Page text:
Jason Gibson raised money for his family's friend, Chris Smith, by holding a fishing fundraiser.
When Jason Gibson was about seven years old, he caught his first striped bass with Chris Smith, under a blue North Carolina sky. Growing up, Chris was like a “second father” to Jason, who is close friends with Chris’s son, Blake.
Jason, now 17, remembers Chris as active and vibrant — he loved fishing, mountain-biking, laughing and helping others.
There is no cure for ALS, but at Mass General there is a lot of hope.
In 2019, Chris was diagnosed with ALS, also known as amyotrophic lateral sclerosis, a rare progressive, neurodegenerative disease that affects nerve cells in the brain and spinal cord. The disease can move swiftly, causing a loss of muscle control and affecting a person’s ability to walk, talk, eat and breathe.
There is no cure, but there is a lot of hope at the Sean M. Healey & AMG Center for ALS at Massachusetts General Hospital, the only place in the United States with an Early Access Protocol Program that offers patients experimental therapies. Chris is a patient of the center, under the care of Merit Cudkowicz, MD, MSc, chief of Neurology at Mass General and director of the Healey Center.
A Special Bond with Chris
Jason and his parents, Tracy Wilson Gibson and Andrew Gibson, visited Chris at his North Carolina home and saw how his active life had declined.
Afterward, Jason wished he could go back to middle school when Chris, Blake, Jason and his dad, Andrew, took weekend fishing trips to places like Morehead City, North Carolina, for deep sea fishing and the Roanoke River for striped bass. Jason also remembered sleepovers with other friends at Chris’s farm, when Chris was the only one willing to fish with him at 5 a.m.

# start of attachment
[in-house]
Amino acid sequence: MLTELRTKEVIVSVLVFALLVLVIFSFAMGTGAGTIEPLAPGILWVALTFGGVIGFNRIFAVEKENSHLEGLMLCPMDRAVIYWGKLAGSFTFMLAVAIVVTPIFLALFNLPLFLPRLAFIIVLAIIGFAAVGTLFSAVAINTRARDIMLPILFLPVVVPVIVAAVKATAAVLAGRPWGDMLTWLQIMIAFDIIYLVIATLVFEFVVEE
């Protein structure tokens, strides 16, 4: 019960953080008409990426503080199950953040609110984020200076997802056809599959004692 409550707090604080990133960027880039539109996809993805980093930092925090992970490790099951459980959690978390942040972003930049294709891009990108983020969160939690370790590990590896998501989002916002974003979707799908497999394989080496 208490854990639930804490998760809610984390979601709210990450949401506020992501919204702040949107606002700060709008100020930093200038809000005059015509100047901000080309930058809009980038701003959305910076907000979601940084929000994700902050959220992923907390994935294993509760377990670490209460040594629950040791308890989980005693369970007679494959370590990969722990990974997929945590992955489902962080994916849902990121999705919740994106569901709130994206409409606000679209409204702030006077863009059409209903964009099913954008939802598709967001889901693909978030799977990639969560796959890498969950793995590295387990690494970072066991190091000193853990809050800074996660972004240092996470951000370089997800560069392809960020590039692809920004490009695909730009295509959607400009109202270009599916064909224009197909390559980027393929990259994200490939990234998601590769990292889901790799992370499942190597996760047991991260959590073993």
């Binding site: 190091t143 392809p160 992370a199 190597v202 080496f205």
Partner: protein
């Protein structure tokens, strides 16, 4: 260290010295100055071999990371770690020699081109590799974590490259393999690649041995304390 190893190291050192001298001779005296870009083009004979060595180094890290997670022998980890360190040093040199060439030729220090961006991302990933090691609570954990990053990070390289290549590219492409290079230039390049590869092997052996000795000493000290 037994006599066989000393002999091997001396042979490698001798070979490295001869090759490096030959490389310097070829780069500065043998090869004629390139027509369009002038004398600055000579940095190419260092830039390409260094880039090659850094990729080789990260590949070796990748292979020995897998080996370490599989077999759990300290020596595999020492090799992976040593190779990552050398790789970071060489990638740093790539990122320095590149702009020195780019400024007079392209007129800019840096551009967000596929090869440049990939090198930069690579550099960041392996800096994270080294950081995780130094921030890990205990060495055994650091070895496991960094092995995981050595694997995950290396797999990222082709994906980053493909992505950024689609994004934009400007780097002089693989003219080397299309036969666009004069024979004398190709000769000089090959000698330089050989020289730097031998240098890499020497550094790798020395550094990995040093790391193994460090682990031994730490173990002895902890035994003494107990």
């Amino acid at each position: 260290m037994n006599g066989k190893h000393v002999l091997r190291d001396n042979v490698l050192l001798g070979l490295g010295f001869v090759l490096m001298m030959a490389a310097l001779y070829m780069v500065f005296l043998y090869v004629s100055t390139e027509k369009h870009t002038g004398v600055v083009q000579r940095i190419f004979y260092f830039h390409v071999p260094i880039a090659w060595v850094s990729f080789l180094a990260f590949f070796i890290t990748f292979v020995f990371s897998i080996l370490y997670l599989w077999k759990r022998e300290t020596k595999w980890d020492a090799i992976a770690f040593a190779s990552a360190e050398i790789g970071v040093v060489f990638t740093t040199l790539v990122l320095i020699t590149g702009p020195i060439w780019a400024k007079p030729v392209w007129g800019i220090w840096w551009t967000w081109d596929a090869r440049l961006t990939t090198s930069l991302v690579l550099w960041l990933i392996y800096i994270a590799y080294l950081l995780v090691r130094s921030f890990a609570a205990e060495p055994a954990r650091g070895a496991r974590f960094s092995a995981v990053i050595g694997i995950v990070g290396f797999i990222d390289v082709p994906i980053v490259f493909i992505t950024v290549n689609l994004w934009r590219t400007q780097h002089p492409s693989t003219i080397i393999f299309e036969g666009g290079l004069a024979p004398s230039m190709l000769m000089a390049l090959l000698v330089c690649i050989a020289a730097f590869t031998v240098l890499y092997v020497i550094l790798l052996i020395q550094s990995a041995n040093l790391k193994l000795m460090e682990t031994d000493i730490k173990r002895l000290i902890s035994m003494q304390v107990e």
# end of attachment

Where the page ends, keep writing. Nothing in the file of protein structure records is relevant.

Chris often looked after people, Jason recalls. On a trip to Colorado, it was Chris who helped Jason while they were mountain-biking.
“Instead of going on with the others and having a good time on the mountain, going fast and doing jumps, I remember Chris stayed right behind me, just to make sure I wouldn’t fall or get hurt, and to push me on, which was really kind,” Jason says.
Fishing to Help People Living with ALS
After their visit in August 2020, Jason and his mother, Tracy, wanted to find a way to help Chris. Since a love for fishing was something that Jason and Chris shared, Jason decided to use his qualification in a national fishing tournament as a fundraiser to rally the Chapel Hill community to help Chris and other people living with ALS.
Jason and Tracy quickly got to work. They contacted officials at the Big Bass Zone Junior Championship, who agreed to help publicize their fundraiser and they connected with Mass General’s Development Office to set up a BeCause fundraising webpage. Tracy came up with the idea of people pledging a per-pound donation based on the size of the fish Jason caught.
Community Supports ALS Fundraiser
They announced the fundraiser through emails and social media posts including Instagram fishing posts to Jason’s followers and on Tracy’s Facebook page where she publishes inspirational stories. People said they appreciated the fundraiser because it gave them a way to help the Smith family, Tracy says. She contacted local media and the story ran in local newspapers, and Jason spoke about the fundraiser during a video interview at the bass tournament in October.
“Fundraising was a lovely way for an entire community to put our arms around a family going through a really hard time.”
Jason had dreamed of winning the tournament’s grand prize of a bass fishing boat, but the sparkling clear, lake waters in Idaho proved challenging for Jason who was more at ease in Carolina’s murky lakes. Still, he caught a two-pounder and raised $15,000 for the Healey Center. Jason says he has more to learn about fishing but is glad his efforts will help Chris and others.
Tracy is proud of how Jason tried fundraising. At first, she felt daunted trying to help him, but soon learned fundraising is easy and rewarding, when you believe in the mission.
“When something like this happens, it’s hard to know what you can do to help someone,” Tracy says. “Fundraising was a lovely way for an entire community to put our arms around a family going through a really hard time.”